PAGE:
Financial issues are one of the leading causes of divorce for married couples in Michigan. If you have accrued a significant amount of debt during your marriage, you and your spouse may fight about your financial obligations.
Especially when one of you has caused or accumulated more of that debt than the other, there may be resentment about the financial burden that the whole family has to absorb because of one person’s actions. As you find yourself preparing for divorce, you may also find yourself considering bankruptcy because of your debt.
Who will end up with which debts during the property division process in your Michigan divorce?
Property division requires an equitable approach
The Michigan rules for dividing your property, assets and debts require a fair or equitable approach. You must determine which debts and belongings are marital and then determine the fairest way to divide those assets and financial responsibilities. Even does not always equate to fair, especially if one spouse is responsible for significantly more of the debt or earns far more income than the other.
You and your spouse have the option of dividing your debts amicably with one another or asking a judge to divide them based on your circumstances. In either scenario, you could still be vulnerable regarding certain debts if your ex files for bankruptcy.
Family court orders do not end your responsibility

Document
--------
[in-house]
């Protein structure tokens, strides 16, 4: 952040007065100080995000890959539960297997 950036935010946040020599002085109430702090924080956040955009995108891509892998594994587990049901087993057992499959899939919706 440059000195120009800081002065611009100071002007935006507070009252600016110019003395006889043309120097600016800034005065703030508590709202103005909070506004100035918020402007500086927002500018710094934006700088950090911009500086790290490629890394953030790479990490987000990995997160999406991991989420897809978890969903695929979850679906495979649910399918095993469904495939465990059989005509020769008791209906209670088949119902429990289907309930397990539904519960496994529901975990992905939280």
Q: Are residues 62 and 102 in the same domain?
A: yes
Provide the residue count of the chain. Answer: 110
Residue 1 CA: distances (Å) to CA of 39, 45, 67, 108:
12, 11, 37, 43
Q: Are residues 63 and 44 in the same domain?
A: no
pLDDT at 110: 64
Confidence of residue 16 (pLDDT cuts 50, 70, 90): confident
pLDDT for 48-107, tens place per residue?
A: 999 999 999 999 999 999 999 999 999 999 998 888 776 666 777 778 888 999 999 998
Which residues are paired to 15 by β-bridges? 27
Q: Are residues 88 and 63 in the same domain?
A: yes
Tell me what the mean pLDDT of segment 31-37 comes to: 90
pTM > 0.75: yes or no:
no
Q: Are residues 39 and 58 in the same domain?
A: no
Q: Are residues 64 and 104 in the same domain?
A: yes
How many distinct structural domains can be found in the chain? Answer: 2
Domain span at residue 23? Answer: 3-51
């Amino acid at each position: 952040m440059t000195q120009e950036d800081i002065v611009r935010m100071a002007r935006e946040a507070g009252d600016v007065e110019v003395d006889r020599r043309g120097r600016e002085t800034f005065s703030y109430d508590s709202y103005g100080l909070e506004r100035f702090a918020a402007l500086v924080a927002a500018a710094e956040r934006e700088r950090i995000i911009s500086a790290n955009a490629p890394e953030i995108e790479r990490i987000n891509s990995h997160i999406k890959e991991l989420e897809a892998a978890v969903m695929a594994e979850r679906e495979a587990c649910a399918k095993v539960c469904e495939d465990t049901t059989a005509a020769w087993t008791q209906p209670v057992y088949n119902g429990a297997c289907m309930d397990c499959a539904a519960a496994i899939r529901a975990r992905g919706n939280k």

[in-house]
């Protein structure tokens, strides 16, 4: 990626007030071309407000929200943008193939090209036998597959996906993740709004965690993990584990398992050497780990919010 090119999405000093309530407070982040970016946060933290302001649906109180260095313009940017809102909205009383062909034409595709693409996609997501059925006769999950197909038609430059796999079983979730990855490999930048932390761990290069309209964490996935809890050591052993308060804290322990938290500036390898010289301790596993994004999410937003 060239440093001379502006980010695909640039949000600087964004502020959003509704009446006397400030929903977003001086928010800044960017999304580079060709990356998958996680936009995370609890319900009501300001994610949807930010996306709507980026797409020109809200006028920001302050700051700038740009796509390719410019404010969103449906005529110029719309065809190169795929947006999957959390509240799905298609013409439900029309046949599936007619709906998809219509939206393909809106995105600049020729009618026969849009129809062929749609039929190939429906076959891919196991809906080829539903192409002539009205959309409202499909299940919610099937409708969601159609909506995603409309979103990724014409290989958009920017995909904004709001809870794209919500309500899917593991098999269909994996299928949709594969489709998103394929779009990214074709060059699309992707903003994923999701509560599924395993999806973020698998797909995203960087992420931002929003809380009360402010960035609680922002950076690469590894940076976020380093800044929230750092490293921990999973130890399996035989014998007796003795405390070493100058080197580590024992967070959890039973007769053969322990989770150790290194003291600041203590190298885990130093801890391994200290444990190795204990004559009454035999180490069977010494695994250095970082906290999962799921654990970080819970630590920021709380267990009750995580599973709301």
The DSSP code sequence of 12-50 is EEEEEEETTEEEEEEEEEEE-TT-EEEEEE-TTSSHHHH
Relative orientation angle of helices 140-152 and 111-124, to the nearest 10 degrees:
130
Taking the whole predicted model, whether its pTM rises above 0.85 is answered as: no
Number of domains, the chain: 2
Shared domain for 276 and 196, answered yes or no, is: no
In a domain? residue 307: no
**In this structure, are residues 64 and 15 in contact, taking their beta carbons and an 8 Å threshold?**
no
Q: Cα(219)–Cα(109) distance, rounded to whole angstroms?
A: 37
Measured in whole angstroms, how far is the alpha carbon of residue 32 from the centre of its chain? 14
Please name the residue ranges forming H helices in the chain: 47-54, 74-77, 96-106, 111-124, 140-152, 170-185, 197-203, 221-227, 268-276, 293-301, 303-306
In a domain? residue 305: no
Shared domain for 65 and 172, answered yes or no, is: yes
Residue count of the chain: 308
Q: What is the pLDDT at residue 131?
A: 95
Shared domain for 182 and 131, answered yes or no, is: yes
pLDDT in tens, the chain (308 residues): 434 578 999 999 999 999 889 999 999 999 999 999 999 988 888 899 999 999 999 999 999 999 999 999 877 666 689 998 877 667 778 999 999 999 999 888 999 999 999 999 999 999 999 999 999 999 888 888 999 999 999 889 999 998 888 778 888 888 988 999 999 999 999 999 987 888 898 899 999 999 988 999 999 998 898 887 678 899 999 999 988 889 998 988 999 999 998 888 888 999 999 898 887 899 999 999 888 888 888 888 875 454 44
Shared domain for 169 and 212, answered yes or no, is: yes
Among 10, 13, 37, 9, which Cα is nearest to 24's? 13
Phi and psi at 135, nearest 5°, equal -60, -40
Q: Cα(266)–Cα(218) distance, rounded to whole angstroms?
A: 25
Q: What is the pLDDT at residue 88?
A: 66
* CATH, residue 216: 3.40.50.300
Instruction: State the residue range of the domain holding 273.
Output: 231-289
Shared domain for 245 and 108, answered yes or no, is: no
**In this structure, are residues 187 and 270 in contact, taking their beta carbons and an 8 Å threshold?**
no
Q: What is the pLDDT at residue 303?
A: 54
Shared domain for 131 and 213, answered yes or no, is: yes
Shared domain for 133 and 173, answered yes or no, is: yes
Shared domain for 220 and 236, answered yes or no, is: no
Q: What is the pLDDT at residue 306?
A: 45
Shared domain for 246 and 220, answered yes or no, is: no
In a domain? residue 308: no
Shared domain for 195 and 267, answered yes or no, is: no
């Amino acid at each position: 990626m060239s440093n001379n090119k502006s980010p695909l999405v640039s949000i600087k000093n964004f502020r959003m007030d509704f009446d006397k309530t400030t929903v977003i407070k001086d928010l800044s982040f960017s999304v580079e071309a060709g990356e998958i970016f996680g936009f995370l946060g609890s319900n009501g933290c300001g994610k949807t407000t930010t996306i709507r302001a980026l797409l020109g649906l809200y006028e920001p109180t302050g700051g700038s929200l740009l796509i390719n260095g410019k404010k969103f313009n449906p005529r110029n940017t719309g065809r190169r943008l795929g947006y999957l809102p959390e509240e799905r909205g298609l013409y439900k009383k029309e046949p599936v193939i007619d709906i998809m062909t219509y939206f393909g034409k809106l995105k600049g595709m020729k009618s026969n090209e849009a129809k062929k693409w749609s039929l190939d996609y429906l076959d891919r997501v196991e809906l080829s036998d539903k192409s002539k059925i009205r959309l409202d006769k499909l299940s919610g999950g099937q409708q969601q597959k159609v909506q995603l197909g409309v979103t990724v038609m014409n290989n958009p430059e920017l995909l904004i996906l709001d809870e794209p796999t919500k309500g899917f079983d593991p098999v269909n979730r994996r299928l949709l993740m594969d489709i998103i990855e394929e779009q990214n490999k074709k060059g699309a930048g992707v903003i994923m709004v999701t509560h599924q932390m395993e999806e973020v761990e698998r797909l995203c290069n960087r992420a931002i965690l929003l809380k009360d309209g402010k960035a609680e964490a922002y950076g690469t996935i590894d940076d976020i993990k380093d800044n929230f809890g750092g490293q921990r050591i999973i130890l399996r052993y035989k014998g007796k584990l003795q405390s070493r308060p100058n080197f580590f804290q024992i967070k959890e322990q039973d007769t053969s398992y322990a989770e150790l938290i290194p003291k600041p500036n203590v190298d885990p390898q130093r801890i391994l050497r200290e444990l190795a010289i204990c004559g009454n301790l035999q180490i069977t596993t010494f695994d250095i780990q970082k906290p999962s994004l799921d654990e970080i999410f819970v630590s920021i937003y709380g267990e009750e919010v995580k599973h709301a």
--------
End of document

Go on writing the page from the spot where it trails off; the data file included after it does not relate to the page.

If you are a cosigner on a credit card that a family law judge orders your spouse to pay, you are still on the hook for that debt until they fully pay off the account. If they file for bankruptcy or fall behind on payments, the lender could come after you despite the family court order saying that your ex-spouse is the one responsible for that debt.
You may also need to consider bankruptcy if your ex files. Unless you have the resources to cover the debts that you shared during the marriage, the lenders could initiate collection efforts against you. Unless you take steps to protect yourself, you could face lawsuits from creditors that your ex should have paid in full.
Sometimes, it is a good idea to file for bankruptcy by one or both spouses prior to filing for divorce. This may eliminate the need to divide your combined debts in a divorce settlement.
Learning more about how Michigan handles marital property will help those facing bankruptcy as a result of their spouse or ex choosing to file.